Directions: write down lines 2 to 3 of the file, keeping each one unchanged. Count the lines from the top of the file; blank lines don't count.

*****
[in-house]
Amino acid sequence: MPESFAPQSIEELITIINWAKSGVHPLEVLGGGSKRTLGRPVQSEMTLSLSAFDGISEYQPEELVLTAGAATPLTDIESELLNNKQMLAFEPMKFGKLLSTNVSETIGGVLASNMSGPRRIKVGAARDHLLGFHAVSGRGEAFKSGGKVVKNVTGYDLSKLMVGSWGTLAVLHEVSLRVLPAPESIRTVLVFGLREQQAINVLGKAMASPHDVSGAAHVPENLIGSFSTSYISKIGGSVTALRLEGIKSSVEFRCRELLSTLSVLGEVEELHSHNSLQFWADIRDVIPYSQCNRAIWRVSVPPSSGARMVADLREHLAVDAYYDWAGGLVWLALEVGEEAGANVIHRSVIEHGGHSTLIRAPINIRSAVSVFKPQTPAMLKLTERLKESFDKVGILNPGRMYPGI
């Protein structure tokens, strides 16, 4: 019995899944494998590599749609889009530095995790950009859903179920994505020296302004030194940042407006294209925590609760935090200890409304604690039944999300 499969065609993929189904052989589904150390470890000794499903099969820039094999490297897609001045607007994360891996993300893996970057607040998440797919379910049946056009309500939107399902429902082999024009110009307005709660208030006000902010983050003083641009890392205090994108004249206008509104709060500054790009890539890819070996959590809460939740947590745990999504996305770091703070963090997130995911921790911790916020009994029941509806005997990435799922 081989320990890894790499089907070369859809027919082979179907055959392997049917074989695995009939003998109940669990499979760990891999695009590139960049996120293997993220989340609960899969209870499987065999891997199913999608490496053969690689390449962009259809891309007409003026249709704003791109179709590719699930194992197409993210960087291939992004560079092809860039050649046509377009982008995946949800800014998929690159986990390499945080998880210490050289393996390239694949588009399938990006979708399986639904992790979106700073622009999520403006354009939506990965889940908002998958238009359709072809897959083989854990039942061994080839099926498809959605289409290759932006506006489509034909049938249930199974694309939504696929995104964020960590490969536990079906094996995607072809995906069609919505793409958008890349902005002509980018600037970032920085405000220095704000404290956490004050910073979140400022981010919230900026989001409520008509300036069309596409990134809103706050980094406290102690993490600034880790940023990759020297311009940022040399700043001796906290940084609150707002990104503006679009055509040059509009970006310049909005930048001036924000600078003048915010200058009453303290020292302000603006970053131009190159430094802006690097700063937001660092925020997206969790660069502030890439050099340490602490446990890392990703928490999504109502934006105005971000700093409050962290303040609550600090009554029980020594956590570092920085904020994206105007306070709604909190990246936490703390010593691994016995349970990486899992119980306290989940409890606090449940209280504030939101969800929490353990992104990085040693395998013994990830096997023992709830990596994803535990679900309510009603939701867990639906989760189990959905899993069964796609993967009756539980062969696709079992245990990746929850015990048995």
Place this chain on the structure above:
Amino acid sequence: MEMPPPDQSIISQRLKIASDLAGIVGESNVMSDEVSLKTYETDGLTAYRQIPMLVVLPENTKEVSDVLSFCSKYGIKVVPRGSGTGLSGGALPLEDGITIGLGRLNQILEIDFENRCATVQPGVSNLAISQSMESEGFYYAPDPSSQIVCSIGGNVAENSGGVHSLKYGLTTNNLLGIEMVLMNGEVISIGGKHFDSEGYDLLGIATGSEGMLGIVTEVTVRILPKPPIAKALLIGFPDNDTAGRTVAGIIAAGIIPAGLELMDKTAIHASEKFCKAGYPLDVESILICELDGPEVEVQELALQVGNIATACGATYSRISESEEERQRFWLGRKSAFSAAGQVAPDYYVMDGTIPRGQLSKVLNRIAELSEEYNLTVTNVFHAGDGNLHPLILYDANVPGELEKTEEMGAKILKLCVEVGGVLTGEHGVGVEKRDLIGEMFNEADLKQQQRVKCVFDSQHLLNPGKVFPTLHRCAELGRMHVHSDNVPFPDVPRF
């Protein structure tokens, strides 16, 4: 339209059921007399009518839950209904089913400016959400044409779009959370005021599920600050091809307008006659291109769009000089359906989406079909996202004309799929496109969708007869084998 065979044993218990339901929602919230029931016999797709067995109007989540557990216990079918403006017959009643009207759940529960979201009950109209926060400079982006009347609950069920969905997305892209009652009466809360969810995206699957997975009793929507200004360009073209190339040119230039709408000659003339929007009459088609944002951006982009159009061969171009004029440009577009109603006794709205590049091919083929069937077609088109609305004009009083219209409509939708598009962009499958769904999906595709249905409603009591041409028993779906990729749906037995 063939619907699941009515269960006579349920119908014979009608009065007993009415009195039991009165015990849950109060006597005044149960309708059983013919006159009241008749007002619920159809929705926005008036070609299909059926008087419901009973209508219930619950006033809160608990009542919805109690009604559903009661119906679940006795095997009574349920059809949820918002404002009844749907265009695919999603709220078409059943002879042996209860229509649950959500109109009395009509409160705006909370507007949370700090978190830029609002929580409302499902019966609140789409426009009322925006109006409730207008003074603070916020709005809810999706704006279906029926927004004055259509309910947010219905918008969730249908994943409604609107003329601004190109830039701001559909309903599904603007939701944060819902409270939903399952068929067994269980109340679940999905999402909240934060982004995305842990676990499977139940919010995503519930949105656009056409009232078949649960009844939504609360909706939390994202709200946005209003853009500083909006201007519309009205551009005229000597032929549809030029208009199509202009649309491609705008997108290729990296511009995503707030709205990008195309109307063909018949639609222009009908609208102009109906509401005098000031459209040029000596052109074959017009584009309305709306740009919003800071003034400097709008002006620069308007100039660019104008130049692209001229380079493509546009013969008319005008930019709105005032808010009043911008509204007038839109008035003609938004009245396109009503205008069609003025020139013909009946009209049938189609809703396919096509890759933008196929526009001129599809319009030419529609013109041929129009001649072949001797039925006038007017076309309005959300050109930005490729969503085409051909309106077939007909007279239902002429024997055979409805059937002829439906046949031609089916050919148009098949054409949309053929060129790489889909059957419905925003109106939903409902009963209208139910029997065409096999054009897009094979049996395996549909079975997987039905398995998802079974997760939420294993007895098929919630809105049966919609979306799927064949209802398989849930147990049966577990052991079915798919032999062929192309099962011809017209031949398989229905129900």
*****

Amino acid sequence: MPESFAPQSIEELITIINWAKSGVHPLEVLGGGSKRTLGRPVQSEMTLSLSAFDGISEYQPEELVLTAGAATPLTDIESELLNNKQMLAFEPMKFGKLLSTNVSETIGGVLASNMSGPRRIKVGAARDHLLGFHAVSGRGEAFKSGGKVVKNVTGYDLSKLMVGSWGTLAVLHEVSLRVLPAPESIRTVLVFGLREQQAINVLGKAMASPHDVSGAAHVPENLIGSFSTSYISKIGGSVTALRLEGIKSSVEFRCRELLSTLSVLGEVEELHSHNSLQFWADIRDVIPYSQCNRAIWRVSVPPSSGARMVADLREHLAVDAYYDWAGGLVWLALEVGEEAGANVIHRSVIEHGGHSTLIRAPINIRSAVSVFKPQTPAMLKLTERLKESFDKVGILNPGRMYPGI
């Protein structure tokens, strides 16, 4: 019995899944494998590599749609889009530095995790950009859903179920994505020296302004030194940042407006294209925590609760935090200890409304604690039944999300 499969065609993929189904052989589904150390470890000794499903099969820039094999490297897609001045607007994360891996993300893996970057607040998440797919379910049946056009309500939107399902429902082999024009110009307005709660208030006000902010983050003083641009890392205090994108004249206008509104709060500054790009890539890819070996959590809460939740947590745990999504996305770091703070963090997130995911921790911790916020009994029941509806005997990435799922 081989320990890894790499089907070369859809027919082979179907055959392997049917074989695995009939003998109940669990499979760990891999695009590139960049996120293997993220989340609960899969209870499987065999891997199913999608490496053969690689390449962009259809891309007409003026249709704003791109179709590719699930194992197409993210960087291939992004560079092809860039050649046509377009982008995946949800800014998929690159986990390499945080998880210490050289393996390239694949588009399938990006979708399986639904992790979106700073622009999520403006354009939506990965889940908002998958238009359709072809897959083989854990039942061994080839099926498809959605289409290759932006506006489509034909049938249930199974694309939504696929995104964020960590490969536990079906094996995607072809995906069609919505793409958008890349902005002509980018600037970032920085405000220095704000404290956490004050910073979140400022981010919230900026989001409520008509300036069309596409990134809103706050980094406290102690993490600034880790940023990759020297311009940022040399700043001796906290940084609150707002990104503006679009055509040059509009970006310049909005930048001036924000600078003048915010200058009453303290020292302000603006970053131009190159430094802006690097700063937001660092925020997206969790660069502030890439050099340490602490446990890392990703928490999504109502934006105005971000700093409050962290303040609550600090009554029980020594956590570092920085904020994206105007306070709604909190990246936490703390010593691994016995349970990486899992119980306290989940409890606090449940209280504030939101969800929490353990992104990085040693395998013994990830096997023992709830990596994803535990679900309510009603939701867990639906989760189990959905899993069964796609993967009756539980062969696709079992245990990746929850015990048995």